Posted in practice
on November 2, 2015 2:43 pm EST
What Do Awards Mean, Anyway?
The lights. The podium. The handshakes. The trophy. The moment when you get to explain why you do what you do, in the way that only you can do it (and thank those who helped). Is it worth all the commotion?
Loads of fun, assuredly. But what does it really mean, after the after-glow? Those who don’t have any would probably say “not a whole lot.” And of course any firm whose lobby features a glass-front case loaded with gold-plated and crystal abstract sculptural forms and inscribed plaques of various shapes and sizes would take the opposite position.
I’d say it depends on the award. Let’s look at four aspects. An award has 1.) a sponsor/donor, 2.) a group of candidates/competitors, 3.) a recipient or winner and 4.) an audience. Without the last, an award is truly meaningless. I could design and print a piece of paper certifying myself as, oh how about “2015’s Most Trenchantly Insightful Business Columnist.” I could even frame it and hang it on my office wall, take a photo and put it on my website, broadcast it via social media. But will anyone care, or even notice? Will it make me feel better about my work, or inspire me to reach even higher and more consistent levels of excellence? Here’s a trenchant, insightful answer: no.Who IS it really for?
The audience is vital, not only to the recipients but also to the sponsors. Awards are created for many reasons, but one of those is always to boost the profile of the sponsoring organization. The larger the scope of the award and the longer it has been available, the more prestige accrues to both the granting organization and the recipient. You probably know, for example, that the AIA Gold Medal recognizes “a significant body of work of lasting influence on the theory and practice of architecture,” that it was established in 1907, has been awarded annually since 1922, and that the candidate pool includes practicing architects worldwide. So the Gold Medal is a great honor for the recipient, and at the same time it lends credibility to the AIA’s claim to be a standard-setting organization for the profession. For those wanting to hire an architect, what better place to start? That in turn makes it worth your while to pay membership fees, obtain a fellowship (Frank Lloyd Wright was the only AIA Gold Medal recipient ever without FAIA after his name), attend conferences, use contract documents, etc.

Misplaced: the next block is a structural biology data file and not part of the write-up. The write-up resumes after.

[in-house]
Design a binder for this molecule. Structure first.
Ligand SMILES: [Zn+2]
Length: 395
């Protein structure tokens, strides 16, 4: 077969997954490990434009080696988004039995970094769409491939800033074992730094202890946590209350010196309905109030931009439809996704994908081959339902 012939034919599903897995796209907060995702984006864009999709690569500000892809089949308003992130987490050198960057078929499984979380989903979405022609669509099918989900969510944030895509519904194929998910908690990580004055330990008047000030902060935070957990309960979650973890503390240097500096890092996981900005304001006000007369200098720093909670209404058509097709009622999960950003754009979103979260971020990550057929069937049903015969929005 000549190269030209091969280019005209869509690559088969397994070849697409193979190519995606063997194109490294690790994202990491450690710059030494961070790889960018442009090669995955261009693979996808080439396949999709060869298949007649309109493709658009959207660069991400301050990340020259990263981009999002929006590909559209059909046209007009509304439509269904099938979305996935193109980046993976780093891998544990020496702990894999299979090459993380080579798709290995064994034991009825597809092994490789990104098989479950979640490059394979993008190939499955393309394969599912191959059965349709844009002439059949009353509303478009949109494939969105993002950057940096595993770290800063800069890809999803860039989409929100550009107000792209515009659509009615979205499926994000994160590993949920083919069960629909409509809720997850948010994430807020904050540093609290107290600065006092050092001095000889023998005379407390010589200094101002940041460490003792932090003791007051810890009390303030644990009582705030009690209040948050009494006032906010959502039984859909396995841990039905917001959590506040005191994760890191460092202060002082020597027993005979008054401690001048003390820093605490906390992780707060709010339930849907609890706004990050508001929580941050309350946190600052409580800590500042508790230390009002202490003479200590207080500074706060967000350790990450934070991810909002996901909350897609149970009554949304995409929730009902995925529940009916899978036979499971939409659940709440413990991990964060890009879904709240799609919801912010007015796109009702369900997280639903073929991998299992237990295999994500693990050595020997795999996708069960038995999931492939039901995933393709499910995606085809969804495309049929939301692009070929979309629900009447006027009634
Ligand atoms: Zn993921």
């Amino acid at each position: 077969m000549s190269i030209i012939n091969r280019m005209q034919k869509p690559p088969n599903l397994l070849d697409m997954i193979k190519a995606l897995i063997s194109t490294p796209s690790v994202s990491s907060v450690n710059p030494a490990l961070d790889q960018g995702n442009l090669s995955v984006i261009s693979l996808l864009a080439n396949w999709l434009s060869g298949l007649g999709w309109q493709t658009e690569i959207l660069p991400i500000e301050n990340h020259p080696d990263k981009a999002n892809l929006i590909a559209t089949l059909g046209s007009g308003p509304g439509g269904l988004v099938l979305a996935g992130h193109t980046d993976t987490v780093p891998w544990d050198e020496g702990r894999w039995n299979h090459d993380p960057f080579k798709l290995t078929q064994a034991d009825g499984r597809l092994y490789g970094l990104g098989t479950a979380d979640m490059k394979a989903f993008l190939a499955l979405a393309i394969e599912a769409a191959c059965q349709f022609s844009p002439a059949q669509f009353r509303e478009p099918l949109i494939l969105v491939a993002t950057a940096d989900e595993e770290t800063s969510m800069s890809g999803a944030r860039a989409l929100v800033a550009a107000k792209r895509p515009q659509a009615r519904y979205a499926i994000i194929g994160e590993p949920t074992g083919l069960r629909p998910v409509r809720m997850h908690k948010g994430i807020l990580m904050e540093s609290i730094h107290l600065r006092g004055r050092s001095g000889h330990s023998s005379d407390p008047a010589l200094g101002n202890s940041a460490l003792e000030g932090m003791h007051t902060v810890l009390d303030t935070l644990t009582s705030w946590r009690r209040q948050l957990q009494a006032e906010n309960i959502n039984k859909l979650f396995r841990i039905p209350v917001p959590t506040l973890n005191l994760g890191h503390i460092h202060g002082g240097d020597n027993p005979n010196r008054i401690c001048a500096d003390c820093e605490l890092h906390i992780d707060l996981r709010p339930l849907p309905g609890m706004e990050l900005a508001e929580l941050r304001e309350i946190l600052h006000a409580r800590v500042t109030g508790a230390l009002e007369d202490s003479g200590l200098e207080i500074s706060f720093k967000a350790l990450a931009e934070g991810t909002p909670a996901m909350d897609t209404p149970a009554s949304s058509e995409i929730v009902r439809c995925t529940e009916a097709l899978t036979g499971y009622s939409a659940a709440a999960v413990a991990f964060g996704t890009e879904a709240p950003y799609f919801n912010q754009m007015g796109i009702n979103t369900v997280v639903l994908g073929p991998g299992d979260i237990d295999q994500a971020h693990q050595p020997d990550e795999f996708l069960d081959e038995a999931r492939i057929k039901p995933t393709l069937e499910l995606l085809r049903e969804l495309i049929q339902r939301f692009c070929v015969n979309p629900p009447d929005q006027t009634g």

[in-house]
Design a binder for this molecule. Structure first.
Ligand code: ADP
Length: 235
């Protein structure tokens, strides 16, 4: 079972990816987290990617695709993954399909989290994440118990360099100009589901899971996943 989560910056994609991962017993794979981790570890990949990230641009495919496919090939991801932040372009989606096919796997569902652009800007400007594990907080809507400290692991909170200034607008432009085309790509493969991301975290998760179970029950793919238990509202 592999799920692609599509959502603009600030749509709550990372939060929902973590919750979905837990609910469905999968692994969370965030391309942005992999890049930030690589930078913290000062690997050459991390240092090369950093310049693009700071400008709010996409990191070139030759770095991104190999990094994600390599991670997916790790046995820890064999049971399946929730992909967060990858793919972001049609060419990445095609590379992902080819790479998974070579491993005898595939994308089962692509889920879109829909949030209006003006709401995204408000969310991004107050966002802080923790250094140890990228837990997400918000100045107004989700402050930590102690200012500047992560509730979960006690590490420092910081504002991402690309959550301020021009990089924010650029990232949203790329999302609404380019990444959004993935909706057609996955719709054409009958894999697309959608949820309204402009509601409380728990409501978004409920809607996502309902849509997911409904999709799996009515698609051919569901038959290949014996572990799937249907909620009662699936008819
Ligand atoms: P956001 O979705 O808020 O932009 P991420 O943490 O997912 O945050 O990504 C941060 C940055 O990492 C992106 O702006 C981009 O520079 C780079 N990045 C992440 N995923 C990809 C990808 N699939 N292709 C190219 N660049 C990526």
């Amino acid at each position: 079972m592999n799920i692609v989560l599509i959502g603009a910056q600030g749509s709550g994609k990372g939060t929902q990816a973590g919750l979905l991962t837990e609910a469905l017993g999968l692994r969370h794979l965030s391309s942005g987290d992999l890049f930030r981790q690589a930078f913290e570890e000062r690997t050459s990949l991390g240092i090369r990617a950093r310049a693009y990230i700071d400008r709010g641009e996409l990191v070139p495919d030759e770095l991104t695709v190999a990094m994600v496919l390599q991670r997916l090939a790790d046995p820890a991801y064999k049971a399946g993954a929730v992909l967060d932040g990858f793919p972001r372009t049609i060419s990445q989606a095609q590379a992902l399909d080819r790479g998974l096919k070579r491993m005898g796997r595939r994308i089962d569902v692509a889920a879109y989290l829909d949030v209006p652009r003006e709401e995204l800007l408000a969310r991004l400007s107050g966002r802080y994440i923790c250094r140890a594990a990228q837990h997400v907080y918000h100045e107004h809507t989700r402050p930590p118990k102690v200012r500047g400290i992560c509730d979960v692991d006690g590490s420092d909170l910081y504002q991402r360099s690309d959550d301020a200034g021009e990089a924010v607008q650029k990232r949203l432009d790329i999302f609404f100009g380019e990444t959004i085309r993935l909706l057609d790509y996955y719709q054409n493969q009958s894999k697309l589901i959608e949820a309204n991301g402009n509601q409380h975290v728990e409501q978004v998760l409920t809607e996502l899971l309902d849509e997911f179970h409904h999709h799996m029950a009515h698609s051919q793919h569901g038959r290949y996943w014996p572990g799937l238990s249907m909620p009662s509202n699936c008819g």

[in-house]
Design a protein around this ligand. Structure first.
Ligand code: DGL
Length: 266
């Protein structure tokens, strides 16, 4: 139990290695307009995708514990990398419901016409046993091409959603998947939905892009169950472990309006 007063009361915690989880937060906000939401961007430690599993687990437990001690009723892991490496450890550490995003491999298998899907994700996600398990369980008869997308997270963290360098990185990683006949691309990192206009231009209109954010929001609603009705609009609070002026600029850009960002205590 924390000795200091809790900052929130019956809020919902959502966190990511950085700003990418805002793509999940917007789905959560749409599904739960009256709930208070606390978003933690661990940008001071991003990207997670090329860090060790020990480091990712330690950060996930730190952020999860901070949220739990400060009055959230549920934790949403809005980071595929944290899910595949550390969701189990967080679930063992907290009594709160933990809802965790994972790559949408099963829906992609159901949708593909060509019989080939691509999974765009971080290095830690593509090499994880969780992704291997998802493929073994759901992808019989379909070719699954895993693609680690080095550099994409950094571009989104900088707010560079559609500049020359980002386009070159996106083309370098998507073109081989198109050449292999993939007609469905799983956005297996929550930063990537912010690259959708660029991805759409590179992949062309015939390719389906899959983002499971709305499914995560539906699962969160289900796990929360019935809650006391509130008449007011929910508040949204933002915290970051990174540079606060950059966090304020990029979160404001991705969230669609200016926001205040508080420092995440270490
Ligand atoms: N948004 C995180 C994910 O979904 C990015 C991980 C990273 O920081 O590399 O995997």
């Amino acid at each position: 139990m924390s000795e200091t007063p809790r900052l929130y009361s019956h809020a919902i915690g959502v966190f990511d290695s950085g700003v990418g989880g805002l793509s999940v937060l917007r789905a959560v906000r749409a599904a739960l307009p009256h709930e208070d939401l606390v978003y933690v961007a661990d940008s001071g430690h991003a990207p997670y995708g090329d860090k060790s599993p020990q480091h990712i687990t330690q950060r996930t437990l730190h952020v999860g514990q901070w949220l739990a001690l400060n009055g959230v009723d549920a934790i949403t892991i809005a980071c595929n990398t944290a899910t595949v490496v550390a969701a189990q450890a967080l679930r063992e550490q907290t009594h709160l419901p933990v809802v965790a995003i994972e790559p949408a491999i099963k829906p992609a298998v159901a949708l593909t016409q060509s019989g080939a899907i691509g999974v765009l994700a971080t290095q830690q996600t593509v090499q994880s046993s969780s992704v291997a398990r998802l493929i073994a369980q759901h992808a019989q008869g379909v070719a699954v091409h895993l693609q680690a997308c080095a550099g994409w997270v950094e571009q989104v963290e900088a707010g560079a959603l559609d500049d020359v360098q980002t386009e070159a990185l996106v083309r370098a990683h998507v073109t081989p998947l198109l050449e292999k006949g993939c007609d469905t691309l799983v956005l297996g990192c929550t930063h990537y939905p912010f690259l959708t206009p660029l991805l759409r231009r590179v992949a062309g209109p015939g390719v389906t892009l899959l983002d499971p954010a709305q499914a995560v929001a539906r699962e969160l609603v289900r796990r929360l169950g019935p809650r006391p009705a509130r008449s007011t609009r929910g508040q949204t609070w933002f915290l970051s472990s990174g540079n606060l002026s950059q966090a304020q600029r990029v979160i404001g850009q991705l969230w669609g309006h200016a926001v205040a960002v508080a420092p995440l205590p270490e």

Bigger and more centrally located buildings attract more attention and more competitors and they deliver more recognition and prestige to the winners: they mean more to everyone concerned.
That “significant body of work” takes most of a career to accumulate. There is competition involved, but it’s indirect and long term: you build a reputation, you recruit mentors and allies, you maintain relationships, and recognition happens near the end of your long and winding road. In the course of such a career, recipients of recognition awards like the AIA Gold Medal will have also won competitive awards. They might have competed for both cash awards and projects—the right to have a design actually built. Bigger and more centrally located buildings attract more attention and more competitors, and they deliver more recognition and prestige to the winners: they mean more to everyone concerned.What does it garner for you?
Competing for awards is part investment, part gamble. A competitive award can mean more business for your firm—if you win. If not, it can mean spending a lot of unbilled hours. But even if you don’t win, those hours aren’t totally wasted. In a design competition, the client is not looking over your shoulder while you think and draw. It’s just you, the design challenge, and whatever imagination and creativity you can bring to the solution. Obviously you can’t spend all your time on competitions, but if you pick wisely, you could find that this type of work enhances your ability to solve problems for the “everyday” clients that keep the doors open and the lights on.
The AIA Gold Medal is an individual award, but design competitions are awarded to firms. If an individual award is given to a founder/owner, the distinction makes very little difference. But if the recipient is not an integral part of the firm, then the prestige and recognition associated with any award can walk right out the door and across the street, or across the country, to a competitor. Conversely, if your design for Firm X won a competition, it’s difficult to transfer that credibility to Firm Y. If you were to change jobs you’d have to start over again and win some more awards.